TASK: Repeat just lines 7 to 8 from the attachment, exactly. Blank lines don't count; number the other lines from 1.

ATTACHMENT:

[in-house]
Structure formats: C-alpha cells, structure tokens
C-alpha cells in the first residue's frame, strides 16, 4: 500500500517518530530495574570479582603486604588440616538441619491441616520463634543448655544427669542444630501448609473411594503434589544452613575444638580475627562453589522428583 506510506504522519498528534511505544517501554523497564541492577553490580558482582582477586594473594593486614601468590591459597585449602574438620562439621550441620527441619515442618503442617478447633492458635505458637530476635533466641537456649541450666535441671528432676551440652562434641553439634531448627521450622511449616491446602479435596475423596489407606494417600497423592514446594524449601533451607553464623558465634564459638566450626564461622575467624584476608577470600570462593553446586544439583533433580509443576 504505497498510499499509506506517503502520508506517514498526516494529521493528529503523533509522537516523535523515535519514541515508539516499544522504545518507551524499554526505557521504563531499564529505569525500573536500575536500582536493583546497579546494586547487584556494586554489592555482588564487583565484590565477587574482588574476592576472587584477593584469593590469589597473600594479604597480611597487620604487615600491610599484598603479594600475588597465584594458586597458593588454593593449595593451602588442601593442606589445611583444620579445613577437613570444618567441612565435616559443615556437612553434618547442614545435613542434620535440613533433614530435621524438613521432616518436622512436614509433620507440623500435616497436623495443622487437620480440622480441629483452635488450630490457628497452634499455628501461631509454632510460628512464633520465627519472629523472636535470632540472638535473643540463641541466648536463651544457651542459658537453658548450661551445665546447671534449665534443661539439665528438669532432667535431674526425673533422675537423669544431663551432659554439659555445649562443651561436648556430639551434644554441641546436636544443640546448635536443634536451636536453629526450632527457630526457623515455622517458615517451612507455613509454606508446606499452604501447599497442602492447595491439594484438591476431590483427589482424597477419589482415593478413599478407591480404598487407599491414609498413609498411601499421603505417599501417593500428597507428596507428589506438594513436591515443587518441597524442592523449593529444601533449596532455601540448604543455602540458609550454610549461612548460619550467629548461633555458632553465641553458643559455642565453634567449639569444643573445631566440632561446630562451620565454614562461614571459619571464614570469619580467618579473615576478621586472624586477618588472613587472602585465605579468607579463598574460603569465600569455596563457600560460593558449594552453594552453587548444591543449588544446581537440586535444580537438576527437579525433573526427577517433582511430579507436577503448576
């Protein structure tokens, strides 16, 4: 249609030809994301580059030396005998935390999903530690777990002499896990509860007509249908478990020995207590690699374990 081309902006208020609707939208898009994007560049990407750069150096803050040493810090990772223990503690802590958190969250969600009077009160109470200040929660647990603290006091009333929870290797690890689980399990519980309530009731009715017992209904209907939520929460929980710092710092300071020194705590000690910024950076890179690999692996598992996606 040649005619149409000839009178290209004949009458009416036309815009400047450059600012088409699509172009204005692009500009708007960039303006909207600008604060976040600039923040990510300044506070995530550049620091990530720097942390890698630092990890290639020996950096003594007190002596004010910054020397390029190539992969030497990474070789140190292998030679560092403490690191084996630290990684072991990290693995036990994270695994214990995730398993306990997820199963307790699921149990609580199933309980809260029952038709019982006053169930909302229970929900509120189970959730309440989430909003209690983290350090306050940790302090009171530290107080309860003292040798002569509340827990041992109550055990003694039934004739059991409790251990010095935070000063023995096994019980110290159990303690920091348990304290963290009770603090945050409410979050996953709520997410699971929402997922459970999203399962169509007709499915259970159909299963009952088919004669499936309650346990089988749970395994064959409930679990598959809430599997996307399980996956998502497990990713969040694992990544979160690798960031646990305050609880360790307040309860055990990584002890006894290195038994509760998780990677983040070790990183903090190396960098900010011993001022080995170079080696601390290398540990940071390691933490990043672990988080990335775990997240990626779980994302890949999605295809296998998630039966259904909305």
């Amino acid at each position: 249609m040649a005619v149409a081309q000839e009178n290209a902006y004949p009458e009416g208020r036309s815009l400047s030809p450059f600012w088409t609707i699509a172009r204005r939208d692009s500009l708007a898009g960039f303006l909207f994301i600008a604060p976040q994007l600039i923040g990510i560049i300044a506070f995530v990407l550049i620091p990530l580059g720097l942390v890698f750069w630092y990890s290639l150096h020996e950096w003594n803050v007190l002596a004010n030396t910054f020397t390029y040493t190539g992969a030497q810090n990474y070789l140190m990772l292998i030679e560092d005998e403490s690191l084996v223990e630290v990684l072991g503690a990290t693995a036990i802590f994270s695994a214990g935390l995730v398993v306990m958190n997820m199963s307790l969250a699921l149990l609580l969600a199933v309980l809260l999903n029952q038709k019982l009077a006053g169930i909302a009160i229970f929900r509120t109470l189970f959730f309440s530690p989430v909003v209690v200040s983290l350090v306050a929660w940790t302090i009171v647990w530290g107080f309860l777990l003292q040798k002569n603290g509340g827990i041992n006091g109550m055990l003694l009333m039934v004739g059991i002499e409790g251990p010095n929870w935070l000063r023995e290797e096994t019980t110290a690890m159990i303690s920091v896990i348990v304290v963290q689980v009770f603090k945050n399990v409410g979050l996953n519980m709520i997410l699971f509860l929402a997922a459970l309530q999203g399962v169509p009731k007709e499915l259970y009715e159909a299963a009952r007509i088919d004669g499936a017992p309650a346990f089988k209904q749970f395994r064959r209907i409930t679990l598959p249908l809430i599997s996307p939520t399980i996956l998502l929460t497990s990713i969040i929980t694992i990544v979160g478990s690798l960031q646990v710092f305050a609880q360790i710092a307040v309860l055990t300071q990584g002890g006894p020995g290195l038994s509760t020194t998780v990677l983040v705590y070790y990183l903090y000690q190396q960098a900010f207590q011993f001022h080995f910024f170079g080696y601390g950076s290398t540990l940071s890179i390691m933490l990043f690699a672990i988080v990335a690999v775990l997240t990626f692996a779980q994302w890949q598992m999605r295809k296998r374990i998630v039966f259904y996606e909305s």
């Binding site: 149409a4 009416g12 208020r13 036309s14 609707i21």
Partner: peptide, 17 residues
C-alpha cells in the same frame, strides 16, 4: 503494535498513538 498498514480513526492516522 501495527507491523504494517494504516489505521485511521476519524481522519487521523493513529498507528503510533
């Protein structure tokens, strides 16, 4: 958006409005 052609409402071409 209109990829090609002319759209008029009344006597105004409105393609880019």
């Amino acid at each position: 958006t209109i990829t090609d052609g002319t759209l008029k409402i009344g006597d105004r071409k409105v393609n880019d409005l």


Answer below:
Partner: peptide, 17 residues
C-alpha cells in the same frame, strides 16, 4: 503494535498513538 498498514480513526492516522 501495527507491523504494517494504516489505521485511521476519524481522519487521523493513529498507528503510533